Tempest seat, foam blocks.

Tempest seat, foam blocks.

I finally removed the seat in my fiberglass T170, to check it out underneath. My seat has just 4 plastic “buttons” on the seat pad to hold it in place. There’s small foam blocks (1” x 2” X 3/8”) underneath to cover the two button trees in the front and a foam strip (2” x 10” x 3/8” thick) over the two trees in the back. These would also offer support to the bottom of the seat. I pealed one foam block back a bit to see that the trees are ground down and not sharp. The good news is there’s no damage or risk of damage to the fiberglass from the trees.

There is foam and glue residue on each side under the seat where it starts to curve up toward the seat hanger. This is evidence that there was originally a foam block on each side of the seat.

I do feel the seat move slightly side to side when edging strong one side then the other. This was one of the reasons I removed the seat to check out the foam blocking. I’m thinking I should glue some minicel foam blocks back on the seat bottom at the sides. Anyone have an argument for not doing that? I can’t think of one. I called Alder Creek kayak shop and they said it’s a solid idea. I’m gonna go for it. If it causes a problem, I can just remove it again. That’s the beauty of foam. I’ll check here just before I brush on the contact cement just incase someone succeeds in talking me out of it :). Flatpick?

Tempest owners, feel free to compare notes here. How many bottons do you have holding down your seat pad? What’s your foam block configuration under the seat, if you’ve looked?


Many boat owners, kayak and canoe,
could consider using foam to control seat movement. Sounds like, in your case, there should have been foam there, but it may have been removed.

Some composite kayaks and many canoes have “hanging” seats, supported from the boat rim by hanging panels or by dowels. Sometimes this arrangement is not sufficiently firm, and the seat shifts when the boat is edged. Shoving some minicell between the hanging supports and the side of the boat corrects the problem. Adds floatation too.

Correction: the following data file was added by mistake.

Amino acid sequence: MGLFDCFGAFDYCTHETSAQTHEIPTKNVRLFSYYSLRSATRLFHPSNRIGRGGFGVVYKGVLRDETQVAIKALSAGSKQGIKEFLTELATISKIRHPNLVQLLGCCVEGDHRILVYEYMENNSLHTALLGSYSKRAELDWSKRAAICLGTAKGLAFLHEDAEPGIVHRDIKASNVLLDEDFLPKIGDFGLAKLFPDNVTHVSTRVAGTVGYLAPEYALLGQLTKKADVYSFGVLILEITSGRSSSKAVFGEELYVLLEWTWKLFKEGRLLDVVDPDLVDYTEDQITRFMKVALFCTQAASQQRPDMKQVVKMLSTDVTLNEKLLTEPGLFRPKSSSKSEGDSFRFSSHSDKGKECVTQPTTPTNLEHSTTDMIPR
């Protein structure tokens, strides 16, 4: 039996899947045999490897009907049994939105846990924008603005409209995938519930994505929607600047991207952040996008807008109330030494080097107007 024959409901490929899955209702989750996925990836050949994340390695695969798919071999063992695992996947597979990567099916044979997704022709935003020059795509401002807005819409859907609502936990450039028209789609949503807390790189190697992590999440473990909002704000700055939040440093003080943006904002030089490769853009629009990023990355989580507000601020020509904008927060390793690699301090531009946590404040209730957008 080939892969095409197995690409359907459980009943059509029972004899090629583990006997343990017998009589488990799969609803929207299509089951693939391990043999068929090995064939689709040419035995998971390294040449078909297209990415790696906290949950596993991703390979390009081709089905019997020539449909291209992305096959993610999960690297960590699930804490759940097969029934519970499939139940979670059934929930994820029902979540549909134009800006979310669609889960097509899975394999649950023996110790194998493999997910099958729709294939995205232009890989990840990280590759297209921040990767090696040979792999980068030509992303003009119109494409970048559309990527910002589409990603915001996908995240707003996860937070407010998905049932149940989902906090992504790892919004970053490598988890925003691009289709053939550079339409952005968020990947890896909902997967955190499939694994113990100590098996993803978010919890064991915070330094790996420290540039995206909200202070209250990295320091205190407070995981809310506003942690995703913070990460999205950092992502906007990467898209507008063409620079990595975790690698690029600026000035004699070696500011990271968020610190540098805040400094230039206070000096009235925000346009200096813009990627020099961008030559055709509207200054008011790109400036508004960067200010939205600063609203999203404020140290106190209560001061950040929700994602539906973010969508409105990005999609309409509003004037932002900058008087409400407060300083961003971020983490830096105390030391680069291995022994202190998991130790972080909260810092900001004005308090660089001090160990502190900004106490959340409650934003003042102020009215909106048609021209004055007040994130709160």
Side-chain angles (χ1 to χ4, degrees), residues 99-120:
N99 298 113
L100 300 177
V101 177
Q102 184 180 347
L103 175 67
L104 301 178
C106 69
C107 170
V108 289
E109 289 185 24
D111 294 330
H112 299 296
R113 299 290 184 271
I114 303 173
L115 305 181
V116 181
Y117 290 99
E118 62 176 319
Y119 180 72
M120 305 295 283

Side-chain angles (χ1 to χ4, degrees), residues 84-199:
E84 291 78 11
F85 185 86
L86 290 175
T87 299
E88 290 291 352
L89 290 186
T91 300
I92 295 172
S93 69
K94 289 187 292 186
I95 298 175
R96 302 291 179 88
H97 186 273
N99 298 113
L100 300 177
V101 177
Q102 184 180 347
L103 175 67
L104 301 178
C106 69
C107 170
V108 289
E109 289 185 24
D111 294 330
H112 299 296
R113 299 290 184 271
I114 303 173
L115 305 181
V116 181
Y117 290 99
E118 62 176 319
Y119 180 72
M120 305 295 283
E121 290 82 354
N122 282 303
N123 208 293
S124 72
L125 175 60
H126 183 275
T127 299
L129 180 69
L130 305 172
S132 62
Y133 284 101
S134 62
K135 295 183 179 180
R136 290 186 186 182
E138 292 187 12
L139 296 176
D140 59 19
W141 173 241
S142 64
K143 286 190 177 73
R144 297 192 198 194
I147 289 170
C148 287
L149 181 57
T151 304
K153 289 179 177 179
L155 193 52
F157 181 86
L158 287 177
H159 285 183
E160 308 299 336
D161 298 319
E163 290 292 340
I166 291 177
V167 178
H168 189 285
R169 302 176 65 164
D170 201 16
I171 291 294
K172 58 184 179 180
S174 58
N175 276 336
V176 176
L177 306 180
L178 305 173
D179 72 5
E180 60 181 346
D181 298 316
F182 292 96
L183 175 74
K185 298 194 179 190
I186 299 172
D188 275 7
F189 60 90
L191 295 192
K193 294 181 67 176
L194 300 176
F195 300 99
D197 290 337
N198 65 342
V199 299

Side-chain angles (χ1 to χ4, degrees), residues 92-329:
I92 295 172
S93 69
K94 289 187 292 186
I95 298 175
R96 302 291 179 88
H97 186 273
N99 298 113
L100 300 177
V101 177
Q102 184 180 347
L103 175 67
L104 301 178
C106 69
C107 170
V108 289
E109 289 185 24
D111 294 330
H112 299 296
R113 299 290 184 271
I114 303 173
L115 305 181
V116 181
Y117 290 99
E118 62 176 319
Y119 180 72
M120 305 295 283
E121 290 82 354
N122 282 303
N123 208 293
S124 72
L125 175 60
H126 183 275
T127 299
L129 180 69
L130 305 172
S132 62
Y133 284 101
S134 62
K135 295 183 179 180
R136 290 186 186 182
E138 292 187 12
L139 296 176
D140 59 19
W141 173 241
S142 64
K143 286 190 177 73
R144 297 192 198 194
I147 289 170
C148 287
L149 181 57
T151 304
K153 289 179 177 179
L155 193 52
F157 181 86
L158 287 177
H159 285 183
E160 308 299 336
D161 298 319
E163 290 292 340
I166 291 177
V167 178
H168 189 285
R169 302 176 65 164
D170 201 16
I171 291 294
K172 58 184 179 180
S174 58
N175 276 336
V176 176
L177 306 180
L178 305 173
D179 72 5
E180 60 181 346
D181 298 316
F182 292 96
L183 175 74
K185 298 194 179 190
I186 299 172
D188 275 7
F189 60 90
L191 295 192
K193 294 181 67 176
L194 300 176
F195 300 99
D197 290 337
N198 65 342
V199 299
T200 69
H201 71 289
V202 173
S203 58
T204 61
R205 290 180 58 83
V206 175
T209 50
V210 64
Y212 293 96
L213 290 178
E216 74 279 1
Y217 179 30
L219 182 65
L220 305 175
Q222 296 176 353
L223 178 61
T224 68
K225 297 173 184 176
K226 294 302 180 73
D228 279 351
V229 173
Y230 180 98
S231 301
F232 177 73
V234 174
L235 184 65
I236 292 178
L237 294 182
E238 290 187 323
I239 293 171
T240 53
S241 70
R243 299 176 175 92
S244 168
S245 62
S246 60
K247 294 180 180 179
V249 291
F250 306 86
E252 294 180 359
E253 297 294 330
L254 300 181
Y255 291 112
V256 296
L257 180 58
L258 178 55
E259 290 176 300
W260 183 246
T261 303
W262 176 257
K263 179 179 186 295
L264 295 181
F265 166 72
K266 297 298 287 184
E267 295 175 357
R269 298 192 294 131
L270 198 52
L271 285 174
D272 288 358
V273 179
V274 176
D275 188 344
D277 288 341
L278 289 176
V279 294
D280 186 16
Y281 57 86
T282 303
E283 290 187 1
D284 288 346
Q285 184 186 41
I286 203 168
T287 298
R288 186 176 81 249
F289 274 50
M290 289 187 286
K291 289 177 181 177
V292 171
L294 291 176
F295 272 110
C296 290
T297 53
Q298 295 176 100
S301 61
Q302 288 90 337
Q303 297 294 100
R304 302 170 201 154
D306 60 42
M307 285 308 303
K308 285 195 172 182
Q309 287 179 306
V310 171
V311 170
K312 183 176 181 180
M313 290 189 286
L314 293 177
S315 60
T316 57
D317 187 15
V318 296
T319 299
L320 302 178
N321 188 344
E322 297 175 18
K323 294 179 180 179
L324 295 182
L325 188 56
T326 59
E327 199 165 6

You mean the little pine tree things?
I think there were two in my seat pad. I removed them soon after I bought the boat, so I could glue in 1/2" minicell pad to raise my position. Then I glued the seat pad on top of that.

I didn’t have any seat movement either before or after the change (better NOT be after all that glueing!).

I know the Jubilee

– Last Updated: Jul-07-07 11:33 PM EST –

has a hanging fiberglass seat; molded in, I think. The one I tried had minicel blocks glued in between the seat bottom and the hull. This was Jonathan Walpole's boat and I know he tends to make good mods to his boats, so don't know if the minicel is stock or not. It looked like a nice neat factory job. By the way, that's the boat that he has for sale, white on white, compass installed, $1800. If anyone's interested, I can post the web site url.


Question on re-installing the straps.
Duh! In what order do the straps go back on? I tried to check when removing the seat but got a little careless and didn’t quite figure it out.

From top down, I’m guessing it goes:

  • Fiberglass deck.
  • Aluminum end on the back band strap aligned with the back hole.

    -Strap to the thigh ramp (Aluminum piece on top of the thigh ramp strap so that it helps hold the thigh ramp strap in place.)
  • Seat hanger.
  • Plastic (teflon?) washer.
  • Lock nut.

    Bolt through all of that.


Wondering about the Explorer too.
I know on the Romanys the seats are often borken or loose. At SSTIKS, one was broken, and one I paddled was loose. I didn’t look carefully, but I’m guessing it’s a molded in, hanging seat. Does it come with foam blocks installed?


I realize now that, on my boat anyway, there’s two holes in the thigh ramp strap but they are spaced shorter than the holes for the bolts. So you can only use one hole and bolt to attach it. So I put the back band strap with aluminum end on the back bolt and the inner most hole in the thigh ramp strap on the front bolt.

The problem with seeing how they were attached originally is that they’re covered by the fiberglass deck. Then when you slide the seat forward, the straps slip out of place and fall off the seat hanger. If I had been careful I probably could have seen how they were located, but I wasn’t.


Did you add the half inch just because you had room, and to make the boat a little more lively?


Some Experience

– Last Updated: Jul-08-07 5:24 AM EST –